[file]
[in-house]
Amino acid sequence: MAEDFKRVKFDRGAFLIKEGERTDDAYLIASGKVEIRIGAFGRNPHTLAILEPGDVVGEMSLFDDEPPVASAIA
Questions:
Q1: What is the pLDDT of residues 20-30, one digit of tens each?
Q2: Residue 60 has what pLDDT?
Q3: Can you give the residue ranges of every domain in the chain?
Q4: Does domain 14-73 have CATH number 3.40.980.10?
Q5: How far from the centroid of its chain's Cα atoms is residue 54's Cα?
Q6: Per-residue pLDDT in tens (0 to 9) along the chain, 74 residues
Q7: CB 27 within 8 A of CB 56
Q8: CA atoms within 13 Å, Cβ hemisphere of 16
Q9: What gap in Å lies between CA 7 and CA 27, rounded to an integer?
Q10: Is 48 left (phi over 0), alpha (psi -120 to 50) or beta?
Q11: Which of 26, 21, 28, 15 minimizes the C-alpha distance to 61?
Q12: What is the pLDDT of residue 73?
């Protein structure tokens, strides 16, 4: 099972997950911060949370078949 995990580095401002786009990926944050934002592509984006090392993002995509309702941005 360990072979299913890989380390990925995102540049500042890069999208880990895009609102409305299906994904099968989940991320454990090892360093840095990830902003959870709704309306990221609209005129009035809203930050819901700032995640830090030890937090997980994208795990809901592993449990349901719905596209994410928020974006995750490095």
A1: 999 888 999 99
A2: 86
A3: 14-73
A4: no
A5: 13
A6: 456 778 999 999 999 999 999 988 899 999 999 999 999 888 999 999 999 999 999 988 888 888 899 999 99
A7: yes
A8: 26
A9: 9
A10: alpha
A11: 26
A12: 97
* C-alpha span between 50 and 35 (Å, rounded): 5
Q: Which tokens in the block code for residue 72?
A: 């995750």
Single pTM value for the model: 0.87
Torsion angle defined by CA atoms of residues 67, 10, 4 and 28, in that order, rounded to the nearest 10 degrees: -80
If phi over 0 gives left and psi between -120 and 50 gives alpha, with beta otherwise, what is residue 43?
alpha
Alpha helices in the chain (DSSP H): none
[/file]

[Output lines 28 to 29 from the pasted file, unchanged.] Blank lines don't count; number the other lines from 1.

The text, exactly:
A12: 97
* C-alpha span between 50 and 35 (Å, rounded): 5